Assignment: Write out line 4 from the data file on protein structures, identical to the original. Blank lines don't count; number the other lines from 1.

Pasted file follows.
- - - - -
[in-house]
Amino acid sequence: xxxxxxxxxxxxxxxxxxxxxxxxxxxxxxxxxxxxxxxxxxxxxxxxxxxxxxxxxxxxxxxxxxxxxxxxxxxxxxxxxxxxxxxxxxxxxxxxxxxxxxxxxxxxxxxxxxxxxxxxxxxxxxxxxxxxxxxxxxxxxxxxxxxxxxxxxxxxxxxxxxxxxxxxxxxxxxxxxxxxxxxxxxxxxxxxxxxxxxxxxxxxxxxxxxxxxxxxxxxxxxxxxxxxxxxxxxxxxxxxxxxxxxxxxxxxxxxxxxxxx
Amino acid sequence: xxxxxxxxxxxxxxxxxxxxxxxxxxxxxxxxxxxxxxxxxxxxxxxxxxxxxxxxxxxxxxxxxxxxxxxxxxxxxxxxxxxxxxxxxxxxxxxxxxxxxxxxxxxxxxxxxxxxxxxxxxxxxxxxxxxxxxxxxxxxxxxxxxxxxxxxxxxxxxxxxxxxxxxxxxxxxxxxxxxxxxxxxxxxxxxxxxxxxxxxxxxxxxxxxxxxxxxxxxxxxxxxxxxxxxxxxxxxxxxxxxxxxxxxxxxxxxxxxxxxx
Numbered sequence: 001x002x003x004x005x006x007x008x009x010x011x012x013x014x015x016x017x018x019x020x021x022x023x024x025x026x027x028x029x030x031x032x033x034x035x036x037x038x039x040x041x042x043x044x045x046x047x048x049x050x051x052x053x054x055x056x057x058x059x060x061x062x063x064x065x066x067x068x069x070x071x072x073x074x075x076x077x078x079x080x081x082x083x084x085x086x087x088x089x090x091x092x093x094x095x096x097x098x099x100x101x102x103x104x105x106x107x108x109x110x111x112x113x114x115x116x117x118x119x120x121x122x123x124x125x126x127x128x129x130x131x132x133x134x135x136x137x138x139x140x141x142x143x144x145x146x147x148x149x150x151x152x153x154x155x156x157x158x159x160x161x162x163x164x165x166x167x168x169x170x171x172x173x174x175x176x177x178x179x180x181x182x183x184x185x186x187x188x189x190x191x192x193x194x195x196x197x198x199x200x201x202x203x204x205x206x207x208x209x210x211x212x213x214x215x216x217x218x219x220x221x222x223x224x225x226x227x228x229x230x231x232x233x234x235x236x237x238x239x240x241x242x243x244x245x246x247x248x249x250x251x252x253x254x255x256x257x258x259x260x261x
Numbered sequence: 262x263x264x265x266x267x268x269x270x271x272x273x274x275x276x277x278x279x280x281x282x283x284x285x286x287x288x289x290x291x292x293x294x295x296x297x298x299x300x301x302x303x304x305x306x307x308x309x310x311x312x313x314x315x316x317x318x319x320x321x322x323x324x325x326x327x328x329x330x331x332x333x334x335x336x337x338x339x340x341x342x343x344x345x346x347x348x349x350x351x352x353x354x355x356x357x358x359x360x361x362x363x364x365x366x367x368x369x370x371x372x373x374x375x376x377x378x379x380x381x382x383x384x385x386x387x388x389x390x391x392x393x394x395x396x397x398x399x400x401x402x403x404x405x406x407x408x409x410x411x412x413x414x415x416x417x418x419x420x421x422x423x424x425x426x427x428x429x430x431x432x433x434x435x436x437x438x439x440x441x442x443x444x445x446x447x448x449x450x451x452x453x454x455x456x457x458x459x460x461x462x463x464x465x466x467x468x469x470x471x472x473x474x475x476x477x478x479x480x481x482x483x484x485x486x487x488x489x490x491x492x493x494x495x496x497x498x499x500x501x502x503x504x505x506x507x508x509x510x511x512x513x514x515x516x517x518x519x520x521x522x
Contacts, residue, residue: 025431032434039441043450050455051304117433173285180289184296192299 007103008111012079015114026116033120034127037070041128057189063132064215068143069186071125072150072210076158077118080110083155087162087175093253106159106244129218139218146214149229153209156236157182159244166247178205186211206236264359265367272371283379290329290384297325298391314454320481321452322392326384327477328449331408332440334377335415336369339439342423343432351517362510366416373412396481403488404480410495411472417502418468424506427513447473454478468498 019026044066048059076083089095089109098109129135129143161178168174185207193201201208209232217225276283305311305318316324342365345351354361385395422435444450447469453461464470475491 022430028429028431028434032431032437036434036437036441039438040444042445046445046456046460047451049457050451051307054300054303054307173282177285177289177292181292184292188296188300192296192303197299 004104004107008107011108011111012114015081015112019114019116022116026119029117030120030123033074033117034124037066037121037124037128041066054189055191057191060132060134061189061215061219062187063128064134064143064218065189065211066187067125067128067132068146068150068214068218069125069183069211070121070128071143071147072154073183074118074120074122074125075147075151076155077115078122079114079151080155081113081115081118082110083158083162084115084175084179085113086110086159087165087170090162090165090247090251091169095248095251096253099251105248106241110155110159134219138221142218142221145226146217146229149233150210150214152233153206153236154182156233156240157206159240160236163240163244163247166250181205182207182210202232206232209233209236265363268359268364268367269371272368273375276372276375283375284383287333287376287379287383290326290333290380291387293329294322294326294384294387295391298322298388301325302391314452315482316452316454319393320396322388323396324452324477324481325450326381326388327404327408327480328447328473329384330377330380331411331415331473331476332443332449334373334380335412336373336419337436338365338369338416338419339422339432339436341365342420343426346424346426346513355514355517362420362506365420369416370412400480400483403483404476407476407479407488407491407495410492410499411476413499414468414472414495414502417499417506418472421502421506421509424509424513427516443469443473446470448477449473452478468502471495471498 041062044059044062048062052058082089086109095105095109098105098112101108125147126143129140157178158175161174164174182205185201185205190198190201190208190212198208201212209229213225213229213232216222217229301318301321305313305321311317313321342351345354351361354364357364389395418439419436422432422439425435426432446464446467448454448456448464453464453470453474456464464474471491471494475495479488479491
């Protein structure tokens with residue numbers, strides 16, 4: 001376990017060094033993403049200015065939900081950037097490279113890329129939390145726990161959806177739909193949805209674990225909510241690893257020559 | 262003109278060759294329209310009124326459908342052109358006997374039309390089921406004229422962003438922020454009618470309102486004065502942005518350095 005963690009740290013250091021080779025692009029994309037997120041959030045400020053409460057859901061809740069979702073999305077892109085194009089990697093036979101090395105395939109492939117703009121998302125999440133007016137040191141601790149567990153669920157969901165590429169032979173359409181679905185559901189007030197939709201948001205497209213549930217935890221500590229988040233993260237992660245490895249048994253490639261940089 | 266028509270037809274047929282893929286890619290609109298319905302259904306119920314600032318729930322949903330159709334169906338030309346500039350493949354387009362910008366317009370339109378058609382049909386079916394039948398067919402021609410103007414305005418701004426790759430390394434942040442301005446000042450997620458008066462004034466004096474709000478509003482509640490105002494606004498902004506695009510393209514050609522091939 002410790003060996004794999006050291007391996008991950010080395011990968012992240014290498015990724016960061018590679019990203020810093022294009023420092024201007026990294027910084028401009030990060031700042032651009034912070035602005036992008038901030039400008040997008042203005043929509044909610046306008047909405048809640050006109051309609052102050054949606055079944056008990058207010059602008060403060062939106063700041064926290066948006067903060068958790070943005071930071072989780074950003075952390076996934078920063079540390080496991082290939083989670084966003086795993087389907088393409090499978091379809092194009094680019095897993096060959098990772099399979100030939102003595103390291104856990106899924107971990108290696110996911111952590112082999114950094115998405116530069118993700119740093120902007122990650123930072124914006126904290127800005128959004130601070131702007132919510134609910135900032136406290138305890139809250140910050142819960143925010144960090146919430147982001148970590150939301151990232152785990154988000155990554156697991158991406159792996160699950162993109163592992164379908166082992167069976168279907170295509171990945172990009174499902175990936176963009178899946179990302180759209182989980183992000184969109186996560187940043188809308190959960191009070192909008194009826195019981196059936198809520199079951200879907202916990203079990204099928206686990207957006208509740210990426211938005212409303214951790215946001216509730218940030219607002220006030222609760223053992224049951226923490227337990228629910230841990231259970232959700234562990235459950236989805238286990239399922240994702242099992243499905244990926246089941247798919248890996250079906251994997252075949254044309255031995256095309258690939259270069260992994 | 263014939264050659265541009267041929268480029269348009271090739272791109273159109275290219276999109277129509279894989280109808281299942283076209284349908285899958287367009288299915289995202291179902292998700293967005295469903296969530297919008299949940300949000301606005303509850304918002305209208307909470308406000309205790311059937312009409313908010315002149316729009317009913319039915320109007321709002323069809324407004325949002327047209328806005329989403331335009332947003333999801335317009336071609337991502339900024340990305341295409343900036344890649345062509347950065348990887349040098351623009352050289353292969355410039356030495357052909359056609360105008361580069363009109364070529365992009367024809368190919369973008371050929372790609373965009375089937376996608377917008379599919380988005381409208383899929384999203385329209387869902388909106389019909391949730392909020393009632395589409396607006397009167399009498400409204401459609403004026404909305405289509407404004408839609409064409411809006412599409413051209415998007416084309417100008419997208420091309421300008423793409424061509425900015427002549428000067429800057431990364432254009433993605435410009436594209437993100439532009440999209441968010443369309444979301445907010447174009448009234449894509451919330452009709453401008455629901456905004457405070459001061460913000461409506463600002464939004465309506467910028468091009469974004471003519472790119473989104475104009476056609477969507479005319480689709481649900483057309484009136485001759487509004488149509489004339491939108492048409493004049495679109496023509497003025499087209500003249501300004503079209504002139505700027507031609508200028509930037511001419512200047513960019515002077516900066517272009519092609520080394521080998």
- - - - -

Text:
Numbered sequence: 001x002x003x004x005x006x007x008x009x010x011x012x013x014x015x016x017x018x019x020x021x022x023x024x025x026x027x028x029x030x031x032x033x034x035x036x037x038x039x040x041x042x043x044x045x046x047x048x049x050x051x052x053x054x055x056x057x058x059x060x061x062x063x064x065x066x067x068x069x070x071x072x073x074x075x076x077x078x079x080x081x082x083x084x085x086x087x088x089x090x091x092x093x094x095x096x097x098x099x100x101x102x103x104x105x106x107x108x109x110x111x112x113x114x115x116x117x118x119x120x121x122x123x124x125x126x127x128x129x130x131x132x133x134x135x136x137x138x139x140x141x142x143x144x145x146x147x148x149x150x151x152x153x154x155x156x157x158x159x160x161x162x163x164x165x166x167x168x169x170x171x172x173x174x175x176x177x178x179x180x181x182x183x184x185x186x187x188x189x190x191x192x193x194x195x196x197x198x199x200x201x202x203x204x205x206x207x208x209x210x211x212x213x214x215x216x217x218x219x220x221x222x223x224x225x226x227x228x229x230x231x232x233x234x235x236x237x238x239x240x241x242x243x244x245x246x247x248x249x250x251x252x253x254x255x256x257x258x259x260x261x